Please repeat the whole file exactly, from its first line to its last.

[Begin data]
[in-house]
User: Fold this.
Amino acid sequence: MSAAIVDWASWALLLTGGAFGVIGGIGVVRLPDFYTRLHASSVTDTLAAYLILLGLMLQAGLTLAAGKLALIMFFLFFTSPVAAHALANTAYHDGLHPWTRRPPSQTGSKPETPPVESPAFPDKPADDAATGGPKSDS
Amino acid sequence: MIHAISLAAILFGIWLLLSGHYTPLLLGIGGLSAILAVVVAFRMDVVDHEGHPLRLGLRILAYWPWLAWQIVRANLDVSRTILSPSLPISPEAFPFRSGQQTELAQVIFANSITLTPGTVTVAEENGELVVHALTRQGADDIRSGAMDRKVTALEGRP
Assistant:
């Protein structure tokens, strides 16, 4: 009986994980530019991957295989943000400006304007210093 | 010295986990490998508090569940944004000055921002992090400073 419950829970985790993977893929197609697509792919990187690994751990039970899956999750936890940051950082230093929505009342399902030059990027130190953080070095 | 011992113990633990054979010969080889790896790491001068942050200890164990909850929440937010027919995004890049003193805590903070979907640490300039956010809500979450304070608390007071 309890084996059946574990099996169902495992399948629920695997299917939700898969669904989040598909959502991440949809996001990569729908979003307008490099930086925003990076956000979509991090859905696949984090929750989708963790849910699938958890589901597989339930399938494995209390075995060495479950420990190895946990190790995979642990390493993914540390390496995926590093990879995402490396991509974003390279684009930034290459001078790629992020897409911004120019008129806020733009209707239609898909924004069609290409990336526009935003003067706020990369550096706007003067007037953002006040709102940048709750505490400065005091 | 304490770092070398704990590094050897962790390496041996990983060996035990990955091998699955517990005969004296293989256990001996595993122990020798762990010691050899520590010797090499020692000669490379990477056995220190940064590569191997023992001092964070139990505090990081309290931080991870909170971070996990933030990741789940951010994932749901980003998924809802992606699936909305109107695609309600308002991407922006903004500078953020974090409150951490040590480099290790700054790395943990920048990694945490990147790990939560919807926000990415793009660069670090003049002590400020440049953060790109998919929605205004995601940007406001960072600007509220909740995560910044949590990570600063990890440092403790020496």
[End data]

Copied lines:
[in-house]
User: Fold this.
Amino acid sequence: MSAAIVDWASWALLLTGGAFGVIGGIGVVRLPDFYTRLHASSVTDTLAAYLILLGLMLQAGLTLAAGKLALIMFFLFFTSPVAAHALANTAYHDGLHPWTRRPPSQTGSKPETPPVESPAFPDKPADDAATGGPKSDS
Amino acid sequence: MIHAISLAAILFGIWLLLSGHYTPLLLGIGGLSAILAVVVAFRMDVVDHEGHPLRLGLRILAYWPWLAWQIVRANLDVSRTILSPSLPISPEAFPFRSGQQTELAQVIFANSITLTPGTVTVAEENGELVVHALTRQGADDIRSGAMDRKVTALEGRP
Assistant:
């Protein structure tokens, strides 16, 4: 009986994980530019991957295989943000400006304007210093 | 010295986990490998508090569940944004000055921002992090400073 419950829970985790993977893929197609697509792919990187690994751990039970899956999750936890940051950082230093929505009342399902030059990027130190953080070095 | 011992113990633990054979010969080889790896790491001068942050200890164990909850929440937010027919995004890049003193805590903070979907640490300039956010809500979450304070608390007071 309890084996059946574990099996169902495992399948629920695997299917939700898969669904989040598909959502991440949809996001990569729908979003307008490099930086925003990076956000979509991090859905696949984090929750989708963790849910699938958890589901597989339930399938494995209390075995060495479950420990190895946990190790995979642990390493993914540390390496995926590093990879995402490396991509974003390279684009930034290459001078790629992020897409911004120019008129806020733009209707239609898909924004069609290409990336526009935003003067706020990369550096706007003067007037953002006040709102940048709750505490400065005091 | 304490770092070398704990590094050897962790390496041996990983060996035990990955091998699955517990005969004296293989256990001996595993122990020798762990010691050899520590010797090499020692000669490379990477056995220190940064590569191997023992001092964070139990505090990081309290931080991870909170971070996990933030990741789940951010994932749901980003998924809802992606699936909305109107695609309600308002991407922006903004500078953020974090409150951490040590480099290790700054790395943990920048990694945490990147790990939560919807926000990415793009660069670090003049002590400020440049953060790109998919929605205004995601940007406001960072600007509220909740995560910044949590990570600063990890440092403790020496």